Published in Thirteen, 2005
by Gareth Hodgson
The 1994 World Club Challenge
Brisbane Broncos v Wigan
ANZ Stadium, Brisbane 1 June 1994
Wigan Rule The World
It’s been a busy few months for ex-Wiganers. Andy Farrell has made the jump to rugby union, where Shaun Edwards has further developed his coaching career at Wasps. By contrast, Gary Connolly and Mick Cassidy have extended their careers closer to home. Phil Clarke has combined media work with international rugby league management, and Jason Robinson has seen his media profile soar as he dances through international rugby union defences. Martin Offiah has danced a different kind of dance. Their careers may since have taken very different paths, but 11 years ago they all stood together in the dressing rooms at ANZ Stadium Brisbane on the verge of rugby league history.
On the 1st June 1994, Wigan shocked the rugby league world as they defeated the Brisbane Broncos to become the World Club Champions. In light of the recent World Club wins by Leeds, Bradford and St. Helens, the event may not seem so spectacular, but Wigan arguably had the odds stacked against them more than any British side in this fixture, before or since.
The Broncos had come to Central Park 20 months earlier and walked away with a 22-8 victory, so the prospect of Wigan doing turning the tide in Brisbane, against a side with nine test caps and three additional State of Origin stars, in the middle of their season seemed optimistic at best. Even more optimistic given that Wigan were missing first choice Test props Andy Platt and Kelvin Skerrett, and had second-rower Billy McGinty stepping up to Prop after only four starts that year. In addition, double-winning coach John Dorahy had been sacked, leaving caretaker Graeme West at the helm for the big one.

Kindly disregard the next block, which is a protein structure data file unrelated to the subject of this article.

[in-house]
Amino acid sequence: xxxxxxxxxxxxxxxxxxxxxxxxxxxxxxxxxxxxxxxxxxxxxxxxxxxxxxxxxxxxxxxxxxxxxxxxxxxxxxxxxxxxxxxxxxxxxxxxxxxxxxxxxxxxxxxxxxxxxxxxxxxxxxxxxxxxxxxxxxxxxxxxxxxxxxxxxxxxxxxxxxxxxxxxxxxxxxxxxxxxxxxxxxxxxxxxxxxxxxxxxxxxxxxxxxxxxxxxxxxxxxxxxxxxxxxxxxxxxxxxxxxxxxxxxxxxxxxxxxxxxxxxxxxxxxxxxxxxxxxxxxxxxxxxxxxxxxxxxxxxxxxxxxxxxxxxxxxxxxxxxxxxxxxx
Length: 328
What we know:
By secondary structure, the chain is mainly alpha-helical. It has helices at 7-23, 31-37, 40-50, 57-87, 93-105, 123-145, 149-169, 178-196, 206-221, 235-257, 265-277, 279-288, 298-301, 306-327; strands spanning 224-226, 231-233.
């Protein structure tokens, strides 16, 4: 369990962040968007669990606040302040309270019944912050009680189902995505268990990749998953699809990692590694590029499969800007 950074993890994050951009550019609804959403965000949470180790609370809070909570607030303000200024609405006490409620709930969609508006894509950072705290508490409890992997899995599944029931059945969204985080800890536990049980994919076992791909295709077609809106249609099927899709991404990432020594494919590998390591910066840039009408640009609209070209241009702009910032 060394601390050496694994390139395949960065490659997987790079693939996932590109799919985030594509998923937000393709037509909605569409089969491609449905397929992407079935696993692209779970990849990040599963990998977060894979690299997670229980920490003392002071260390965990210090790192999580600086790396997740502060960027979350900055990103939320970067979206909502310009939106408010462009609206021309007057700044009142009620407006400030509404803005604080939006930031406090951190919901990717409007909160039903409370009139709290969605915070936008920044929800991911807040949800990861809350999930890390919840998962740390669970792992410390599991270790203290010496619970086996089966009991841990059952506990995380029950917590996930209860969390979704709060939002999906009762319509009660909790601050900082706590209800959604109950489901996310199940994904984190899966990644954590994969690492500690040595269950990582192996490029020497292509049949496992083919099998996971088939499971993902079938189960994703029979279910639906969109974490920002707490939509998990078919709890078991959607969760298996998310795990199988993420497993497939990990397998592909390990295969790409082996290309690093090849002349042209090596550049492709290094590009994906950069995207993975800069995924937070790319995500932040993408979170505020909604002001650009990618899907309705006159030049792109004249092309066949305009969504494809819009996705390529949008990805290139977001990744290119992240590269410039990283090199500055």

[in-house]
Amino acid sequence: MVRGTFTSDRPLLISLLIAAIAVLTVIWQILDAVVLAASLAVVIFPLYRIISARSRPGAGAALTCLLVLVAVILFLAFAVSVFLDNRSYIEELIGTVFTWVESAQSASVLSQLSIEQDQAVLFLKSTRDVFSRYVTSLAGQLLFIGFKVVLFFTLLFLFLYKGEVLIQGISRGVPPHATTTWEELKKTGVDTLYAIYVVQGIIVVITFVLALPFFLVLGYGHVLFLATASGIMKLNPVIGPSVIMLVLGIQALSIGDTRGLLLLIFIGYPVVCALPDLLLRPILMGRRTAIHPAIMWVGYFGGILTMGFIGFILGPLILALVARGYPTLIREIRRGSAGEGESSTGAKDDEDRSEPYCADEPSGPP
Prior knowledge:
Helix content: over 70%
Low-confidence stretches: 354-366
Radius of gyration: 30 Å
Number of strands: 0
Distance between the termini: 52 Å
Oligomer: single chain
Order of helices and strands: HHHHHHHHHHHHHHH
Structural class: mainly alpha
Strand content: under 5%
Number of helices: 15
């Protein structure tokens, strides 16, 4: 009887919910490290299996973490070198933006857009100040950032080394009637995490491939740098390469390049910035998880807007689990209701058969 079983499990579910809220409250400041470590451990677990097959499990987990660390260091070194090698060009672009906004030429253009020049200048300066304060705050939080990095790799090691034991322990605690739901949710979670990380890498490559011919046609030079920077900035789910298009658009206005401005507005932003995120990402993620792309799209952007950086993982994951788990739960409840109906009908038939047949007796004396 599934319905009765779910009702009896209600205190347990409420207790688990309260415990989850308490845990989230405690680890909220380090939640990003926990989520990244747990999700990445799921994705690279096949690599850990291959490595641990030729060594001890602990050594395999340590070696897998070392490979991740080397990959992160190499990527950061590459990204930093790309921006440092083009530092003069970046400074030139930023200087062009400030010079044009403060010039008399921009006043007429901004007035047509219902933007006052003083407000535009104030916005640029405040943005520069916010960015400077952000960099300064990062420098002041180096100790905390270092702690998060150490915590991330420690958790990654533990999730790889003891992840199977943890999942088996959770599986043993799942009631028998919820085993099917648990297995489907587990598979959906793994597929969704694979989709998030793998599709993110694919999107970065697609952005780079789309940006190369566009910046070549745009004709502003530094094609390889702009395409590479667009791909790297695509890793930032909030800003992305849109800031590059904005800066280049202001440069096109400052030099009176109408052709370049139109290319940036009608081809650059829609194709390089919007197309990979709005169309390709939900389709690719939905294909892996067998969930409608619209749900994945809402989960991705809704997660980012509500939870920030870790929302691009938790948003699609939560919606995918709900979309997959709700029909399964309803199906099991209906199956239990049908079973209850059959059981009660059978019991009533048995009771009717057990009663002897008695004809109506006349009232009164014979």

Immediately showing their determination to challenge the odds, the Riversiders took the lead after only seven minutes as Edwards launched a bomb which Willie Carne allowed to bounce. Denis Betts pounced and showed great skill to place the ball down one handed for the opener, which Botica converted. Within ten minutes, the score was 12-0 as Phil Clarke put Barrie-Jon Mather through a gap, and with the whole of Wigan shouting “Give it to Offiah”, Mather dummied and shot past Wendall Sailor to score. Wigan’s defence was awesome, but eventually breached before half-time when Sailor crossed in the corner to make it 12-4.
Despite the lead, Wigan remained underdogs as the Australian commentators questioned their stamina and ability to maintain their relentless defence but almost immediately a Mick Hancock error was followed by Jason Robinson picking up the loose ball and scampering away to score a third (converted) try. The next twenty minutes saw Hancock and Julian O’Neill cross the line for Brisbane and with twenty minutes to go and the score at 18-14, the Broncos comeback looked on. But Wigan refused to let their line be breached again, their titanic defence held firm, and even extended their lead through a Botica penalty.
As the full-time siren sounded, the 54,220 packed into ANZ Stadium sat stunned that the impossible had been achieved. Quickly forgetting the hurdles that had been placed in front of Wigan, the Aussies pointed to the injuries during the game to Kevin Walters and Steve Renouf as factors for the defeat, with many, including Queensland legend Wally Lewis, criticising the performance of Australian referee Greg McCallum. The Cherry and Whites cared not as Man of the Match Shaun Edwards lifted the trophy, and crowned one of the greatest days for the both the Wigan club and British rugby league as a whole.
BRISBANE BRONCOS: Willie Carne, Wendall Sailor, Steve Renouf, Chris Johns, Mick Hancock, Kevin Walters, Allan Langer, Glenn Lazarus, Kerrod Walters, Andrew Gee, Mark Hohn, Alan Cann, Julian O’Neill. Subs: Peter Ryan, Brett Galea, John Plath, Chris McKenna
WIGAN: Gary Connolly, Jason Robinson, Sam Panapa, Barrie-Jon Mather, Martin Offiah, Frano Botica, Shaun Edwards, Neil Cowie, Martin Dermott, Billy McGinty, Denis Betts, Andy Farrell, Phil Clarke. Subs: Mick Cassidy, Martin Hall, Paul Atcheson